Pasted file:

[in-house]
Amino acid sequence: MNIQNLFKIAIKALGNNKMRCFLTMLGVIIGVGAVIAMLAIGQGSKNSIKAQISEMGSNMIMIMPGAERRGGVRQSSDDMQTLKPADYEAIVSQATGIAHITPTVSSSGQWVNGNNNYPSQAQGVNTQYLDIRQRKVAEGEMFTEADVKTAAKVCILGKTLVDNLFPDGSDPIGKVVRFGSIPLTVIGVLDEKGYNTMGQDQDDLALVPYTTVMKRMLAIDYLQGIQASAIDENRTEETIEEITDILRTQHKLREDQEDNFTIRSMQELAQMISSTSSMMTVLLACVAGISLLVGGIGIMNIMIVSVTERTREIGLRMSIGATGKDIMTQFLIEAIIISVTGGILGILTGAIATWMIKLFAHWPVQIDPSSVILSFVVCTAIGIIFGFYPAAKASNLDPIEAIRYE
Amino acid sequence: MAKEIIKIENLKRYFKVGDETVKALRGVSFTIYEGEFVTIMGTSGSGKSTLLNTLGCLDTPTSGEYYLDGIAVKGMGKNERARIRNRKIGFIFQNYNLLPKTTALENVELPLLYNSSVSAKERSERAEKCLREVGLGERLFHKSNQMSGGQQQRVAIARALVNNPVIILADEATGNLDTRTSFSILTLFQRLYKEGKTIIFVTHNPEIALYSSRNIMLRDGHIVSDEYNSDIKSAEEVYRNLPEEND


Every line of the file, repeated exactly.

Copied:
[in-house]
Amino acid sequence: MNIQNLFKIAIKALGNNKMRCFLTMLGVIIGVGAVIAMLAIGQGSKNSIKAQISEMGSNMIMIMPGAERRGGVRQSSDDMQTLKPADYEAIVSQATGIAHITPTVSSSGQWVNGNNNYPSQAQGVNTQYLDIRQRKVAEGEMFTEADVKTAAKVCILGKTLVDNLFPDGSDPIGKVVRFGSIPLTVIGVLDEKGYNTMGQDQDDLALVPYTTVMKRMLAIDYLQGIQASAIDENRTEETIEEITDILRTQHKLREDQEDNFTIRSMQELAQMISSTSSMMTVLLACVAGISLLVGGIGIMNIMIVSVTERTREIGLRMSIGATGKDIMTQFLIEAIIISVTGGILGILTGAIATWMIKLFAHWPVQIDPSSVILSFVVCTAIGIIFGFYPAAKASNLDPIEAIRYE
Amino acid sequence: MAKEIIKIENLKRYFKVGDETVKALRGVSFTIYEGEFVTIMGTSGSGKSTLLNTLGCLDTPTSGEYYLDGIAVKGMGKNERARIRNRKIGFIFQNYNLLPKTTALENVELPLLYNSSVSAKERSERAEKCLREVGLGERLFHKSNQMSGGQQQRVAIARALVNNPVIILADEATGNLDTRTSFSILTLFQRLYKEGKTIIFVTHNPEIALYSSRNIMLRDGHIVSDEYNSDIKSAEEVYRNLPEEND